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  • Author or Editor: V. A. Sukhorukov x
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V. A. Sukhorukov and N. V. Dmitriev

Abstract

The paper proposes a theory of the stationary turbulent drift friction layer that, under the conditions of stable stratification, can appear as the upper mixed layer (UML) of the ocean or as one mixed to the bottom in shallow water. An analytical solution of the drift current equations is obtained as an infinite power series valid for the vertical turbulence exchange coefficient of arbitrary form. General properties of the solution are derived in the form of asymptotic theorems. These state that two types of dynamic processes can form, depending on the free-slip or no-slip conditions at the lower boundary of the drift friction layer at small dimensionless depth. With the free-slip condition, the currents are transverse to the wind direction and the stress distribution is linear in the whole layer. With the no-slip condition, the currents are along the wind direction and the stress distribution is constant in the whole layer as well. Based on this model of vertical turbulent exchange, including equations of turbulent kinetic energy and dissipation of turbulent kinetic energy, the first type is shown to be inherent in the UML when a dimensioned stratification parameter increases, while the second type applies to shallow water where drift currents penetrate to the bottom. The possible formation of a layer with a linear velocity profile and constant turbulence values in the second type is discussed. Analytical models describing both types of these processes are suggested.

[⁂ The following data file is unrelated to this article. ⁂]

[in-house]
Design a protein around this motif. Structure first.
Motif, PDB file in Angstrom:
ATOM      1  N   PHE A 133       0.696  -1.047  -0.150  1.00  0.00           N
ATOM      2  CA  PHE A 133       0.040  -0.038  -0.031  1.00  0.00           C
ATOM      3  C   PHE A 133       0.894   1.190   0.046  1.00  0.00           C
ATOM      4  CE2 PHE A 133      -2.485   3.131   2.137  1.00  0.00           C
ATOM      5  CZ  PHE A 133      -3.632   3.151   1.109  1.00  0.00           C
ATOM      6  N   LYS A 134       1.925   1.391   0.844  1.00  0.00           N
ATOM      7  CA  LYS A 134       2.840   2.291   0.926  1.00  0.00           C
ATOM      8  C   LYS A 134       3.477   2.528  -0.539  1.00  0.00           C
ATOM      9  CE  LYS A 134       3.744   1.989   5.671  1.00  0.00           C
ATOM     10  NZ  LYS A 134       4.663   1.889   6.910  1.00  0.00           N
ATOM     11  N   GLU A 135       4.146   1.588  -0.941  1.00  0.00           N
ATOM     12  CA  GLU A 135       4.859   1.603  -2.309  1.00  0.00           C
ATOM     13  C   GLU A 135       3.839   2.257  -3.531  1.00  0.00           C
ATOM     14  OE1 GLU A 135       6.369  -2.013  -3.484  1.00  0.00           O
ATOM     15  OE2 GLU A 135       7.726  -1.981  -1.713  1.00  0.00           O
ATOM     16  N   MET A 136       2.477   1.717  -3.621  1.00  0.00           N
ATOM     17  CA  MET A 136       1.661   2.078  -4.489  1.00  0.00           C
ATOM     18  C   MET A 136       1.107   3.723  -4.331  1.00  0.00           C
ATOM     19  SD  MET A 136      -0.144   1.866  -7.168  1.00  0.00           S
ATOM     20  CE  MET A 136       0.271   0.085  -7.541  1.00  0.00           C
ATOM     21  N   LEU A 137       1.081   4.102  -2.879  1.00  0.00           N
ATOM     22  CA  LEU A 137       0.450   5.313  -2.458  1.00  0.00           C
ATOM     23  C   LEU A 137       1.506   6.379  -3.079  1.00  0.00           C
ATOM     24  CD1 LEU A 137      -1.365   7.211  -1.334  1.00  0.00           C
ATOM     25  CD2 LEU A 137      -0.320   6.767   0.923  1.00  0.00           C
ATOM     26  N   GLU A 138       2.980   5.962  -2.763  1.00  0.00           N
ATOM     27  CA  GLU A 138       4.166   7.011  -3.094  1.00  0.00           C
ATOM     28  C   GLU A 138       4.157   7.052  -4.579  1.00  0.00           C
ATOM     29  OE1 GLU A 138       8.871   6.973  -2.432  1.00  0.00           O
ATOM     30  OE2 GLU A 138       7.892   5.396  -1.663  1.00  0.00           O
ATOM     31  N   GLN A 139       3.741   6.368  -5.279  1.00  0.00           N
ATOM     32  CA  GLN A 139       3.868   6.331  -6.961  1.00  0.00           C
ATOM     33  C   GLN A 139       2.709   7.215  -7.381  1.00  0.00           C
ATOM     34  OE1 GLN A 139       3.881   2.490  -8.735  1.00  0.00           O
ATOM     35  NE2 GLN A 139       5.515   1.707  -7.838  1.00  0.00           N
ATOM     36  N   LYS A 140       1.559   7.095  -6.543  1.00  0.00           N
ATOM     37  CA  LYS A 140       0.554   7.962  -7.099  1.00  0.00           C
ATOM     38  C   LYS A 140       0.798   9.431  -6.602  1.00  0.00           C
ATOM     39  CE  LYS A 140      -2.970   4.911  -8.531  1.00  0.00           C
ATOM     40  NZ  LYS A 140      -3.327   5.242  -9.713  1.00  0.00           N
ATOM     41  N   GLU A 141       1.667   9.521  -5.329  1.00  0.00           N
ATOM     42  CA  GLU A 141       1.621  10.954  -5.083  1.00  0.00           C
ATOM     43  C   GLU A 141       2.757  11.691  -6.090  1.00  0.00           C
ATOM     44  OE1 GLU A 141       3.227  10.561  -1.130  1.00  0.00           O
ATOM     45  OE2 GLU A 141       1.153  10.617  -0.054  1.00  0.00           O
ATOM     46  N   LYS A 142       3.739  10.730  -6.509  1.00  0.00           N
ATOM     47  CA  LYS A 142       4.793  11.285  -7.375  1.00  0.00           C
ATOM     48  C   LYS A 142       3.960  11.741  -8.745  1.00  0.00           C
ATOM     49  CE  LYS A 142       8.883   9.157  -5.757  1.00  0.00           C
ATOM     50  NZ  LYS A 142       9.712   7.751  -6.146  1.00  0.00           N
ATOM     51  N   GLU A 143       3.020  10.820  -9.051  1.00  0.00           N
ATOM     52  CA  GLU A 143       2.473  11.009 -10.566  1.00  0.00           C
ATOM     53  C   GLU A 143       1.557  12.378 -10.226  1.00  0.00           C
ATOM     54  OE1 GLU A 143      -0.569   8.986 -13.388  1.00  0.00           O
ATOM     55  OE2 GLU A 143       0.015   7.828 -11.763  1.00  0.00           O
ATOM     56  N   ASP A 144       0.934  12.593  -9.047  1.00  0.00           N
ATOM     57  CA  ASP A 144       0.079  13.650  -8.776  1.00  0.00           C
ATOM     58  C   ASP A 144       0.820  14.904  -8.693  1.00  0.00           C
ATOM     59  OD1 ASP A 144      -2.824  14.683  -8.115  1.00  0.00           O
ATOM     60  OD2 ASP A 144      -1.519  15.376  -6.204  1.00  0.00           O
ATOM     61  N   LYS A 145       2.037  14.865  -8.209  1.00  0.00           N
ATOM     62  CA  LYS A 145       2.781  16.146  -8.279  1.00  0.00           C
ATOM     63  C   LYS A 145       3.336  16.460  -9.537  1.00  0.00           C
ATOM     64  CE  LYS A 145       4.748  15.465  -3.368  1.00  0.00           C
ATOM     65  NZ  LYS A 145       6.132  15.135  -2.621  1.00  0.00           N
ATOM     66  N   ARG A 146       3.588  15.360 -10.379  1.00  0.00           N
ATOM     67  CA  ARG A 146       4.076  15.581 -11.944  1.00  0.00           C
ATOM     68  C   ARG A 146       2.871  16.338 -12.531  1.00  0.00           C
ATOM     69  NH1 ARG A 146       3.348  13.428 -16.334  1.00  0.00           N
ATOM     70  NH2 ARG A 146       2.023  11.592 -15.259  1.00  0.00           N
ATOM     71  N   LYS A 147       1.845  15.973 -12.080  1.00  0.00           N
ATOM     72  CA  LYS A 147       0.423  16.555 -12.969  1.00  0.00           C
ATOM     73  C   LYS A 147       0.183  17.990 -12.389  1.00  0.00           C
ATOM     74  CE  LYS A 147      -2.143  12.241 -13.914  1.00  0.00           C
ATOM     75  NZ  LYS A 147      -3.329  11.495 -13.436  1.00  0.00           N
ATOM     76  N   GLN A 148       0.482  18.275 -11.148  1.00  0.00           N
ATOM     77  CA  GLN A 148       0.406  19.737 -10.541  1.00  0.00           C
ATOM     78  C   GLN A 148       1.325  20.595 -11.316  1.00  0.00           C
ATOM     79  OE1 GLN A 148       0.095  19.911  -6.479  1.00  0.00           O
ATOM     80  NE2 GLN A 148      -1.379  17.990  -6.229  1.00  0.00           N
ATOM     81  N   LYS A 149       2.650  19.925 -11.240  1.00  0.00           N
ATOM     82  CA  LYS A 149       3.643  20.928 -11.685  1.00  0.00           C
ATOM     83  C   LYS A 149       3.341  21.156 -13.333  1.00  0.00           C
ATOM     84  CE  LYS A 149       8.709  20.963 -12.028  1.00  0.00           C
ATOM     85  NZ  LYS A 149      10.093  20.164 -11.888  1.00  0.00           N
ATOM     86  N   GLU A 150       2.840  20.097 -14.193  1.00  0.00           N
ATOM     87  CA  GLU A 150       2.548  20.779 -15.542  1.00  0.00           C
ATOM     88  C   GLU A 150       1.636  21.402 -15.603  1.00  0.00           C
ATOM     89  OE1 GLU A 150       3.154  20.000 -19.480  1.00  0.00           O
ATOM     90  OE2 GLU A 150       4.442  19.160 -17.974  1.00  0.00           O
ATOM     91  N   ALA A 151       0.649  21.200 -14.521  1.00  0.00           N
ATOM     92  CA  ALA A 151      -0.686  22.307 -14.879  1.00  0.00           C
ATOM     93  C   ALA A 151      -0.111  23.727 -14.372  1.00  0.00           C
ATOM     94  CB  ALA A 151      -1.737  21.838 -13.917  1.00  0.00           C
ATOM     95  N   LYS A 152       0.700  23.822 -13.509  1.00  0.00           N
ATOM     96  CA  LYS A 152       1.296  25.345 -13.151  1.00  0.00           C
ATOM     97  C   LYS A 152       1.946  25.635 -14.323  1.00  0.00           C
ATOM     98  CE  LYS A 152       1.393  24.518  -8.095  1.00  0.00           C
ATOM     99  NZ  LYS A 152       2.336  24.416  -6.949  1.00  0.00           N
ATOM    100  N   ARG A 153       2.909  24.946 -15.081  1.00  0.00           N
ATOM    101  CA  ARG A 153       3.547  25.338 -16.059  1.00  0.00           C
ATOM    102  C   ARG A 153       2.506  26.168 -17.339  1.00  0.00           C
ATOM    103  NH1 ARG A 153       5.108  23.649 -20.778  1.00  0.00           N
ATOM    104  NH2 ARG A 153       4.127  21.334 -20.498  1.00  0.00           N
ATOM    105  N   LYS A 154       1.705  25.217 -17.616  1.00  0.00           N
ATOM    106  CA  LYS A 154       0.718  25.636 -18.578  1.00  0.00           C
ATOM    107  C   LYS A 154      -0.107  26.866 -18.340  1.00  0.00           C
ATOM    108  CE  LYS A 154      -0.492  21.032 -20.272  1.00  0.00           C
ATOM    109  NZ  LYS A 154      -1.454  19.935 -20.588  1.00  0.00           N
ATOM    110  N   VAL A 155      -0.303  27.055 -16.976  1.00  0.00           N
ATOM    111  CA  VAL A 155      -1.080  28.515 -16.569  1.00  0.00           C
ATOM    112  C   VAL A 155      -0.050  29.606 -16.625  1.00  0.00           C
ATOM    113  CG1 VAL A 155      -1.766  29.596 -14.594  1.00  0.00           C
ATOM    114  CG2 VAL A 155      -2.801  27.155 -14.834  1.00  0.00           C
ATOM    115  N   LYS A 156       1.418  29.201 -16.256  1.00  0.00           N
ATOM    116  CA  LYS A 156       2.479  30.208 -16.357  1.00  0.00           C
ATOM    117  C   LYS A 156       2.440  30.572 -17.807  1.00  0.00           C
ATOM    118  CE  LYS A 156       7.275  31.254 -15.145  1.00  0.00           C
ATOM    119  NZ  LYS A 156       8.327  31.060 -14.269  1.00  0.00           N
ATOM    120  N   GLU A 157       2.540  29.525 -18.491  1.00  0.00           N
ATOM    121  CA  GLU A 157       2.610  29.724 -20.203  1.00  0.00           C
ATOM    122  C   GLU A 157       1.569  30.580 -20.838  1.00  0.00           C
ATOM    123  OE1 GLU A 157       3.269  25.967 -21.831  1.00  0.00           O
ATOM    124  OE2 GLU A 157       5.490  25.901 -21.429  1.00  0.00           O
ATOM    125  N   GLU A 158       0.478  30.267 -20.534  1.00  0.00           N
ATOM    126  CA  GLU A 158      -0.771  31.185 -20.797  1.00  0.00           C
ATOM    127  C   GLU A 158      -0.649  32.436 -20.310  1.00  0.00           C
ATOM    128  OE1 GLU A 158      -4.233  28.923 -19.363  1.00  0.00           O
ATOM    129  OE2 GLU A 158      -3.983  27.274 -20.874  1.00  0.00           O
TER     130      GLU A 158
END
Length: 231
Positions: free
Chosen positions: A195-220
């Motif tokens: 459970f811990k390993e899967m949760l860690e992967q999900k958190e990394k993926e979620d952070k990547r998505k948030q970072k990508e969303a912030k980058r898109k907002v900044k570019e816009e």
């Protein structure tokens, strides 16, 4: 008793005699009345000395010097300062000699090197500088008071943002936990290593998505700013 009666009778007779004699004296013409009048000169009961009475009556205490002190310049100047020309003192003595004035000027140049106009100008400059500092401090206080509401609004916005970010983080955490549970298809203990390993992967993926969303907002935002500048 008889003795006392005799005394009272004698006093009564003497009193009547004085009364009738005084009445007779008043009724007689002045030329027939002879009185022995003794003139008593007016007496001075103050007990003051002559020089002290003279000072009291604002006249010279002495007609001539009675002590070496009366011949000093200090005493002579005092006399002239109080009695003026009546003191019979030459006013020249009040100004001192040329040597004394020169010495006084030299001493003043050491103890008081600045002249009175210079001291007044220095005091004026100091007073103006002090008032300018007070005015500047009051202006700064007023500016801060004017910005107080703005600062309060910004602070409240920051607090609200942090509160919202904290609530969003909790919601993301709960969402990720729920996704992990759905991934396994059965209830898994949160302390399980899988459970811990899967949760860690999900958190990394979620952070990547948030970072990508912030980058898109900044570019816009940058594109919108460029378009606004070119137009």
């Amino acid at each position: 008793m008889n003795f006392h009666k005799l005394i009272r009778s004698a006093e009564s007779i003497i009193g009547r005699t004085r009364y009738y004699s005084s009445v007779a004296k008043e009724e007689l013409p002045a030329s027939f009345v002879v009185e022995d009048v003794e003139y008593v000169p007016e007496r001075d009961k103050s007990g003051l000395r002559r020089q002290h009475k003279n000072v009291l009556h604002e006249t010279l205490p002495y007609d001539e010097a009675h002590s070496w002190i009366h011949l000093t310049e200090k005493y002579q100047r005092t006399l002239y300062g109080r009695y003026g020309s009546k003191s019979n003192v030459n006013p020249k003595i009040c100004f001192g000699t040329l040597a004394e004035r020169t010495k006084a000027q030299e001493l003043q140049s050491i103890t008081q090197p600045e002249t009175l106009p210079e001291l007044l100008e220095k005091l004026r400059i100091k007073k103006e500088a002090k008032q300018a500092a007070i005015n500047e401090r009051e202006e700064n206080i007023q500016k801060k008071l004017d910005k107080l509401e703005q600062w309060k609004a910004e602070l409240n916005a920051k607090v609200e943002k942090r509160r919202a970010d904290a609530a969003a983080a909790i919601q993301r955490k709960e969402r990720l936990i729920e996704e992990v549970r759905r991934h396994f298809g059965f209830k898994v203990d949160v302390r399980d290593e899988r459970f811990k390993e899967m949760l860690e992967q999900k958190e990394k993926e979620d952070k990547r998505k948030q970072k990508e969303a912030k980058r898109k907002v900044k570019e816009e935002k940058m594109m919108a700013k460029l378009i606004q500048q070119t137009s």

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G. I. Marchuk, V. P. Kochergin, V. I. Klimok, and V. A. Sukhorukov

Abstract

This paper describes a theoretical model of the ocean surface mixed layer. A nonstationary one-dimensional system of equations for an Ekman ocean layer and for heat conduction is closed with a system of dynamic turbulence equations. The latter consists of the turbulent energy equation and an equation for the turbulent energy decay function. The eddy viscosity coefficient is then determined from these equations. The values of the surface and lower boundary temperature and of wind velocity as a function of time are taken from Halpern (1974) data. The computational results show that an increase of wind velocity produces deepening of the mixed layer with some time lag. In the region of the jump in density at the bottom of the layer, the increase in the surface wind generates large velocity gradients across an inner boundary layer. Comparison of the solution with experimental data shows that the model realistically simulates the dynamics of mixed layer deepening both qualitatively and quantitatively.

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